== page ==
“When you remember me, it means that you have carried something of who I am with you, that I have left some mark of who I am on who you are. It means that you can summon me back to your mind even though countless years and miles may stand between us. It means that if we meet again, you will know me. It means that even after I die, you can still see my face and hear my voice and speak to me in your heart. For as long as you remember me, I am never entirely lost. When I’m feeling most ghost-like, it is your remembering me that helps remind me that I actually exist. When I’m feeling sad, it’s my consolation. When I’m feeling happy, it’s part of why I feel that way.”
― Frederick Buechner, Whistling in the Dark: A Doubter’s Dictionary
I know all of us have those crystalline moments of pure memory, a celebrated achievement like an award received or a promotion, a big life moment like our wedding, learning we were pregnant, or the birth of a special child, and events that add to our string of memories small pearls of the routine, trips to the library, walks to the playground, and larger pearls, more central, anchors of our life. Few of these, at least for me, exist in isolation. Most involve others.
It’s nice to think that our memories may be equally cherished by those with whom we share them. To paraphrase Walt Whitman, we can hope “our very life will be a poem” that we recite with another, and that they will treasure it, hold it in memory, recalling verses in the night from which to draw comfort, or a smile, hopefully even a laugh.
Of course, memories are not all good. I have more than my share from childhood that I’d like to forget but can’t. So when I had children, (and now grandchildren 🙂 ), I tried to “make memories” for them. Christmases, birthdays, trips to Green Lakes and Beaver Lakes, walking the Beach and the jetty at Cape Cod, making our own tide pools with hermit crabs, playing with Stormy and Spray at the Aquarium, special dinners with “the good china” and the green crystal goblets. I wanted them to walk through the door of our house, smell something wonderful for dinner, and think, “I’m home.” And I wanted home to equal “I’m loved.”
I hope it worked. I think it did. And doing it for them made me happy and whole as well. One of my inexpensive but priceless treasures is a tiny plaque my daughter gave me. It reads, “Home is where your mom is.”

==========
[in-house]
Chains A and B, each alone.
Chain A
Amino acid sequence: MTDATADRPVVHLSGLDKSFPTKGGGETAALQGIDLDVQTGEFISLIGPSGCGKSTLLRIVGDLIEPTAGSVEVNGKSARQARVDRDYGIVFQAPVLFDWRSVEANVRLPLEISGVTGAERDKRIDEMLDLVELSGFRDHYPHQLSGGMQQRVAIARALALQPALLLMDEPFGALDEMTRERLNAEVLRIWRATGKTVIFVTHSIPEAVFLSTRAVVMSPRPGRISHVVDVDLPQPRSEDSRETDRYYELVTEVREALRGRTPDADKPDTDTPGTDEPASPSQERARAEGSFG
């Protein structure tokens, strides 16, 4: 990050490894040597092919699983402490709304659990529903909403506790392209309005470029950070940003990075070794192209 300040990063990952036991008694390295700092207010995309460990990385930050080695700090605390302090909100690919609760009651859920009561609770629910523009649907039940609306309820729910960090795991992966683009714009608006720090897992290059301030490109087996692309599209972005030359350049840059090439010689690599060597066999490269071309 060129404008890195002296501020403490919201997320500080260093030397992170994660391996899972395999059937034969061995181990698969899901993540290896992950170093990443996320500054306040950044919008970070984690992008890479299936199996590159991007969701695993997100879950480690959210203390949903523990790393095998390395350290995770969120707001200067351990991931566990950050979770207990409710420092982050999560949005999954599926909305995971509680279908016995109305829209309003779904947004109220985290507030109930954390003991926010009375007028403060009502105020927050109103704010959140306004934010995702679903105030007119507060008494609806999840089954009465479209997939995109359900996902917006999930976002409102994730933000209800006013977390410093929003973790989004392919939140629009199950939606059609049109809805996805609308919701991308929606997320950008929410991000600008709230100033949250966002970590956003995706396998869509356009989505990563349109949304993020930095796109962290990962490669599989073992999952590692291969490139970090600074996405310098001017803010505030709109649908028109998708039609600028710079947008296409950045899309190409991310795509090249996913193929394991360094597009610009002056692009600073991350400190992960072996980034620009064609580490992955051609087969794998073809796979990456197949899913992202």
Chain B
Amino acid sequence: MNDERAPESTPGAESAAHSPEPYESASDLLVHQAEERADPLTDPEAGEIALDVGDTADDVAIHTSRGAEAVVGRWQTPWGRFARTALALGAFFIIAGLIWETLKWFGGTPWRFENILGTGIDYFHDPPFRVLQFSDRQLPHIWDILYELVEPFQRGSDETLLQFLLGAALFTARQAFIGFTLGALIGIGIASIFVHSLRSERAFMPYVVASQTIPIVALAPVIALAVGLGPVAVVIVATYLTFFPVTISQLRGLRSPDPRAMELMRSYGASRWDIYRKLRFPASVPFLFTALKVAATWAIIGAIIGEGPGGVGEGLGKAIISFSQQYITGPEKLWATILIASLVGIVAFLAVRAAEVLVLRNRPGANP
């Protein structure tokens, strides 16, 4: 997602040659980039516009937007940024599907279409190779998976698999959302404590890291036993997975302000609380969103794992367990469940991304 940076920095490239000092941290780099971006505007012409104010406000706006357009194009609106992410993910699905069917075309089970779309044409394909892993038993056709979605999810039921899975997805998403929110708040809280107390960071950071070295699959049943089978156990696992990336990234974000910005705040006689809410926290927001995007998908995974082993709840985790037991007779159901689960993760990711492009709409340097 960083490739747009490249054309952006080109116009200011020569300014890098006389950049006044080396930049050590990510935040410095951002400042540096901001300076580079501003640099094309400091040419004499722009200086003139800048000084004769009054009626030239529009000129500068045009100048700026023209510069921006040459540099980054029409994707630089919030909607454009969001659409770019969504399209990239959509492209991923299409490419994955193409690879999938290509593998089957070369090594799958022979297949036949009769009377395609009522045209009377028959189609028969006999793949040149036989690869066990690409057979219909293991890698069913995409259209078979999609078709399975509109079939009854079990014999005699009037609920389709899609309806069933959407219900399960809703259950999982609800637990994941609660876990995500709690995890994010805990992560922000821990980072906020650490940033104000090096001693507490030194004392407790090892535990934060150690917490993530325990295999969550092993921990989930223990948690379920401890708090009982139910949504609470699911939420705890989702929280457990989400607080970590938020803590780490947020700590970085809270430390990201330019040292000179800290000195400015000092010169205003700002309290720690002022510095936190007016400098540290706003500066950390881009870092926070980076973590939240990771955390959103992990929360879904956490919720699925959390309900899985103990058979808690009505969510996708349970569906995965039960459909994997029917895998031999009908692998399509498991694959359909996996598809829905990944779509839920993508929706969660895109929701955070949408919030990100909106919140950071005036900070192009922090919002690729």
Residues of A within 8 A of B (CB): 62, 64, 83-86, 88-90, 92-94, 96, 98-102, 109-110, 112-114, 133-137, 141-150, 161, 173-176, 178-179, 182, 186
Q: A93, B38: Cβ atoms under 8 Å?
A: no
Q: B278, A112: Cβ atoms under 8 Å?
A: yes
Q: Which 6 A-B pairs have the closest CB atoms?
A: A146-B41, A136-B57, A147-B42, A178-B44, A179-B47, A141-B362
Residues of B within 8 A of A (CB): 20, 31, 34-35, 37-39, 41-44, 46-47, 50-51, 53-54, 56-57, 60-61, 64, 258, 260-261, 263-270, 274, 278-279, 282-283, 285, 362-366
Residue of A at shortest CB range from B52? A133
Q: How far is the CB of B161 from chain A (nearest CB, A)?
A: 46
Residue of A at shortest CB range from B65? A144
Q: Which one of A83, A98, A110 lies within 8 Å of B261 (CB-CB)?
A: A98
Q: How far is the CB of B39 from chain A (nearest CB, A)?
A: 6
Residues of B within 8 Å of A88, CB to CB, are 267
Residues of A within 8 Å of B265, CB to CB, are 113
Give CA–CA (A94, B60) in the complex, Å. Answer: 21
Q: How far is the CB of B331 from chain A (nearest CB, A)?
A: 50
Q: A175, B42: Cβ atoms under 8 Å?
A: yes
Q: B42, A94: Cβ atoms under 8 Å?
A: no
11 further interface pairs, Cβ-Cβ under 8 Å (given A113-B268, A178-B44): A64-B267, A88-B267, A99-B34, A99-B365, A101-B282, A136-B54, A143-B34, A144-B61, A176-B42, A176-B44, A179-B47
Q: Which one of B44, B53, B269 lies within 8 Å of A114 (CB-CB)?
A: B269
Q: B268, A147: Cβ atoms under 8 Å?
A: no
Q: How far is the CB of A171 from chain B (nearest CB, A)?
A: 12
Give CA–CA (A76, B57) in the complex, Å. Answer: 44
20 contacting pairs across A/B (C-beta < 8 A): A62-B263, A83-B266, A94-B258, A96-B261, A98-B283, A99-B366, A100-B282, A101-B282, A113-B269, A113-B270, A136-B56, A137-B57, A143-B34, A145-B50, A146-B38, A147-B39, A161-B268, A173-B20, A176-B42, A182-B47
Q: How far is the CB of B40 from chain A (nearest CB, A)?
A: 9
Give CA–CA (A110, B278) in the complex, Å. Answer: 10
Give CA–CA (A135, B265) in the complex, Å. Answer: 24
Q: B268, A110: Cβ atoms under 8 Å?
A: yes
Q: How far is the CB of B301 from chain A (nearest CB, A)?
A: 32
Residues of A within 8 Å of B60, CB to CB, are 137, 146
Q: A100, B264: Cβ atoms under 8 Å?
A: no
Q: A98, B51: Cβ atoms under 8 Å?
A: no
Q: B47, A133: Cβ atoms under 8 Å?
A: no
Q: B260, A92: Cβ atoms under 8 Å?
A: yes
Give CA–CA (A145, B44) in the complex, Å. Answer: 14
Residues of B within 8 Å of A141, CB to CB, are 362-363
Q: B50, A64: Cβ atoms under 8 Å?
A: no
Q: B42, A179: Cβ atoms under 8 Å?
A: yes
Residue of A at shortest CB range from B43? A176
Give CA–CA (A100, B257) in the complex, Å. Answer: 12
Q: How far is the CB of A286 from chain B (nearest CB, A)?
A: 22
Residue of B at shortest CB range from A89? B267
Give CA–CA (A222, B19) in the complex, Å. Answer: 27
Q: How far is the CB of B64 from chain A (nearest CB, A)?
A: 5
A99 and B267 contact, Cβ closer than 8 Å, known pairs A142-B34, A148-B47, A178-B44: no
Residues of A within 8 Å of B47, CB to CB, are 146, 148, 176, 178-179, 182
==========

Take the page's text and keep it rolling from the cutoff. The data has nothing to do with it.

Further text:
Sometimes, in my mind I walk in happier childhood remembrance through the woods near my home. I follow the creek there, once again trying to find its origin. If I am distressed my memory and I walk Harbor Beach at sunset watching the colors change on the sheen left behind by the waves. But my best memories are of Doug in a red sweater singing and playing guitar when we were dating, or the two of us stealing time to play a game of backgammon when the children were small, or of looking at Chris run through the house, wearing the Superman Cape I made him, trying to fly, and of Gretchen and her “Teddy” (who started out bigger than her,) and her bringing him to me to fix when one of his “googly” eyes fell out. “He’s blind, mommy, Teddy’s blind.” Back then a little black thread and Teddy could see once again…oh, if only life’s problems stayed that simple.
I don’t know how Gretchen would tell that story, but I know she remembers it. She has an amazing memory, even remembering down to age two a time she woke up and I rocked her in her great-grandmother’s rocker and fed her peaches. Perhaps her memory is so good because she was deliberate about trying to remember things. Once when she was a little girl I watched her turn her head in several directions and open and shut her eyes. “What are you doing, honey?” I asked her. “I’m taking pictures in my mind, so I won’t forget this,” was her answer.
When I was young, “women of certain means” would be given a necklace with a single pearl for their sixteenth birthday. As they aged, it would be added to and they would wear it on their wedding day. Special events would be celebrated with a pearl and eventually it became an elegant and lustrous treasure. My pearls are just those moments of life, only memories, far less substantial, but warm and certainly supremely treasured.
Not surprisingly, the importance of the ordinary can be so easily lost when we go looking for memories. Looking back, I realize how many of my pearls are made up of the everyday. But in that moment, my focus was taken up by all I had to do, running to keep up and get everything done. The perfect sunsets blended into one another and merely marked the end of yet another busy day. It’s only in retrospect that my perception has changed, only now that everything can be seen in perspective, the pearls measured and aligned in perfect symmetry.
And of course, our mind plays tricks, since memories are rarely so symmetrical or perfect. They do live “in the corners of our minds,” covered over time by cobwebs of grace, until the edges are blurred like “watercolor pictures.” But imperfect as they are, it is in making them that we live and love, and in remembering them that we rediscover the pearls, and recall the smiles, the laughter, and the tears.
It’s Sunday….it’s an ordinary day….go make a memory.